A newly unveiled allegation of sexual assault could put Les Moonves’ $120 million severance from CBS in jeopardy, according to a stunning new report in the New York Times.
Moonves' downfall began with an August 2018 New Yorker story that detailed allegations of sexual assault from six women — revelations that ultimately cost him his job as a high-level executive at CBS.
But according to the Times, Moonves was concerned about one woman, in particular, who wasn’t part of the New Yorker’s report. Moonves was so troubled by the possibility of the actress Bobbie Phillips going public that he even coordinated with her agent, Marv Dauer, to placate her into silence by casting her on CBS shows well after the #MeToo movement began.
“If Bobbie talks, I’m finished,” Moonves said earlier this year, according to Dauer, who represented Phillips as an agent at the time of the incident.
“I think I’ll be OK,” Moonves said in another text exchange obtained by the Times. “But if Bobbie talks, I’m done.”
Phillips told the Times she was assaulted by Moonves when she visited the Warner Bros. studio in March of 1995 for a casting meeting. Moonves, who was married with three kids at the time, allegedly exposed his penis to her and said, “Look at how hard you make me.”
She says the exec then told her, “Be my girlfriend and I’ll put you on any show,” before pushing her down and forcing his penis into her mouth. Shortly thereafter, according to Phillips, Moonves went to his desk to take a call and she grabbed a decorative baseball bat that was propped up in his office to use in defense.
“All I could think,” she said to the Times, “was that I wanted to use the baseball bat to knock his head off.”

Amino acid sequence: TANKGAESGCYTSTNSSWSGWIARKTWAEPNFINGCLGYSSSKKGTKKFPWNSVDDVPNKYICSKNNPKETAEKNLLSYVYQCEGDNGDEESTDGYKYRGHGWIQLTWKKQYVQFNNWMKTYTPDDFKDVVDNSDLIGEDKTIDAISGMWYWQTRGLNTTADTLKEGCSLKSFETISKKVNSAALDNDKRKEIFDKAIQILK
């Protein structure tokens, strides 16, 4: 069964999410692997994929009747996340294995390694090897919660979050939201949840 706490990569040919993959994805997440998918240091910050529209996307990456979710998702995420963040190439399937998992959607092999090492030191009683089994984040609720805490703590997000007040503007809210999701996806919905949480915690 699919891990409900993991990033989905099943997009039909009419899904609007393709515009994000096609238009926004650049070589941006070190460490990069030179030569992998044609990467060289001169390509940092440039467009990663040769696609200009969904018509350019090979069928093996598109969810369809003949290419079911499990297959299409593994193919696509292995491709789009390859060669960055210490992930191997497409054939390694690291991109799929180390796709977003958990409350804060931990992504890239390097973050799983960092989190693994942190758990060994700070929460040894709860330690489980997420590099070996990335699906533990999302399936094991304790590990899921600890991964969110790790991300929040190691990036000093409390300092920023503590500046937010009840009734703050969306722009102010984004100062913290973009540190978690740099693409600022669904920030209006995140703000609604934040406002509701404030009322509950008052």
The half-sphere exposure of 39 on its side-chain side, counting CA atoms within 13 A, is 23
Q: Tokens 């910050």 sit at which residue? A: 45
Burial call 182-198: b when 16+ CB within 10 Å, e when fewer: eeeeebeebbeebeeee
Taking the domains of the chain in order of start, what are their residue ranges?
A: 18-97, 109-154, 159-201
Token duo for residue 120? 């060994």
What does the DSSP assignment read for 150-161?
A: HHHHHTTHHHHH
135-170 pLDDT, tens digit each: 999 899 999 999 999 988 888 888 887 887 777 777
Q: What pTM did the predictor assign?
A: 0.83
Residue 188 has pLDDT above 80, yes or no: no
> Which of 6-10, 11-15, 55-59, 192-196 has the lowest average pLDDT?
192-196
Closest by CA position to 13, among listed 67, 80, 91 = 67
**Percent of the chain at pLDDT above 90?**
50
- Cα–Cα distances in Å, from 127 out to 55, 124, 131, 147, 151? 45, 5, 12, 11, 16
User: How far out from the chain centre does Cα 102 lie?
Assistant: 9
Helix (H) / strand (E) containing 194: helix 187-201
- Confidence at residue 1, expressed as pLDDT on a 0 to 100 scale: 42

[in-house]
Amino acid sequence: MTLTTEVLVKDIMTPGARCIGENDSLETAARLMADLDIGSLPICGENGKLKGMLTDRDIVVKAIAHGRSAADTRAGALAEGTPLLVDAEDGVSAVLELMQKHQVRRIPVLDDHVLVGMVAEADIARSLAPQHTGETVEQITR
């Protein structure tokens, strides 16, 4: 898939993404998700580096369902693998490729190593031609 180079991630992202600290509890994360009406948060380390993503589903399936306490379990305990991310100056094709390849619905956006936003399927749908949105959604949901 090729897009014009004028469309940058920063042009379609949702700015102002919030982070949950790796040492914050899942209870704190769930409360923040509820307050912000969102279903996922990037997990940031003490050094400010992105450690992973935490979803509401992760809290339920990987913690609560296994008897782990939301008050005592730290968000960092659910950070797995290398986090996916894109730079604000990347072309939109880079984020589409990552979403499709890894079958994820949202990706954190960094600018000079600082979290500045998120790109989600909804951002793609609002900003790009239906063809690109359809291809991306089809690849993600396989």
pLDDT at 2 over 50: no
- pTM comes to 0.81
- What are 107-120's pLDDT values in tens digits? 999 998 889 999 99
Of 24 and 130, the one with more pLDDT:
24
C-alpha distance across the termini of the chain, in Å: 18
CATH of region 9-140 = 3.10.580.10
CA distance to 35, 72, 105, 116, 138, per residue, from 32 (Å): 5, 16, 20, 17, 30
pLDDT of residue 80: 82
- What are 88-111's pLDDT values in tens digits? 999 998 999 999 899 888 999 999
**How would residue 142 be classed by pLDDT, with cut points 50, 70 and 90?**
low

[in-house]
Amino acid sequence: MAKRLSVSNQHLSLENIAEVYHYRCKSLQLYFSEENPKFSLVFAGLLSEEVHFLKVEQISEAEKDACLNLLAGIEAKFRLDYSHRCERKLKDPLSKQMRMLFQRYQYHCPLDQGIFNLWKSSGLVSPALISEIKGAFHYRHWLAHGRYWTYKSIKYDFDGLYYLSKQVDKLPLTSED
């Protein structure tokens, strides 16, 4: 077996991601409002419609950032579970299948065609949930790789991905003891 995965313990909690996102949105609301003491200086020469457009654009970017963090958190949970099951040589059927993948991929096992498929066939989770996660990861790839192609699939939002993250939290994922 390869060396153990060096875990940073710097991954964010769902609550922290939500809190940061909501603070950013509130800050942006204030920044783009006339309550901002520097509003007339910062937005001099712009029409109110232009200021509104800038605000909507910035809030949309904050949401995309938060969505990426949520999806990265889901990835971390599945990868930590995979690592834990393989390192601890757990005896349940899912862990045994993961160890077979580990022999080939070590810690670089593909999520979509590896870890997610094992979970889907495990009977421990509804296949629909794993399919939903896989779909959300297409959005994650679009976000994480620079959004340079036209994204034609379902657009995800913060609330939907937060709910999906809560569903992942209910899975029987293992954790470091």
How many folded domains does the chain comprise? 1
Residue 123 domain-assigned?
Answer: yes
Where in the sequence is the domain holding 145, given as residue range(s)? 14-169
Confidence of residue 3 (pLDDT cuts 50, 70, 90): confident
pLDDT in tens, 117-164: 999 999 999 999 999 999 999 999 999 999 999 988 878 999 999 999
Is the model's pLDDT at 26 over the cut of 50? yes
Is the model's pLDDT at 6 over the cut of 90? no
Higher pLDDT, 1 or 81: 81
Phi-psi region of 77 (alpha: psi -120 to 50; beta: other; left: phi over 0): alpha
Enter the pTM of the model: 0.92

Moonves has since claimed that the sexual encounter was consensual.
But he was worried enough to take action in November 2017, when the New York Times followed up on a tip that Moonves had his own looming #MeToo scandal.
During that time, the Times repeatedly contacted Dauer, who immediately alerted Moonves by email, saying, “Leslie — it’s very important you call me.”
The two began corresponding by text message, according to the Times, which reviewed the messages. The two men spent close to a year discussing a role for Phillips suitable enough to keep her quiet. After an aborted attempt to offer Phillips a guest role on a new show, Moonves was revealed as a serial harasser, prompting Phillips to file suit.
The problem for Moonves now is that he deleted text messages between himself and Dauer, which could give CBS “cause” to fire him for not cooperating in an investigation. According to the Times, Moonves requested Dauer delete the messages, though he did not. Moonves has denied trying to cover up the cover-up.
Hanging in the balance is Moonves’ $120 million payment, which he will not receive if CBS finds it had cause to fire him.
For her part, Phillips is seeking $15 million from Moonves and CBS for causing her emotional distress and defaming her by claiming the encounter at Warner Bros. was “consensual.”
“I don’t know how I got in the middle of this,” Dauer, who is no longer her agent, told the New York Times. “All I know is that I’m a key witness with $120 million at stake. I can’t even imagine a sum of money like that.”
Cover image: Leslie Moonves, president and chief executive officer of CBS Corp., varrives for the Allen & Co. Media and Technology Conference in Sun Valley, Idaho, U.S., on Tuesday, July 10, 2018. The 35th annual Allen & Co. conference gathers many of America's wealthiest and most powerful people in media, technology, and sports. Photographer: David Paul Morris/Bloomberg via Getty Images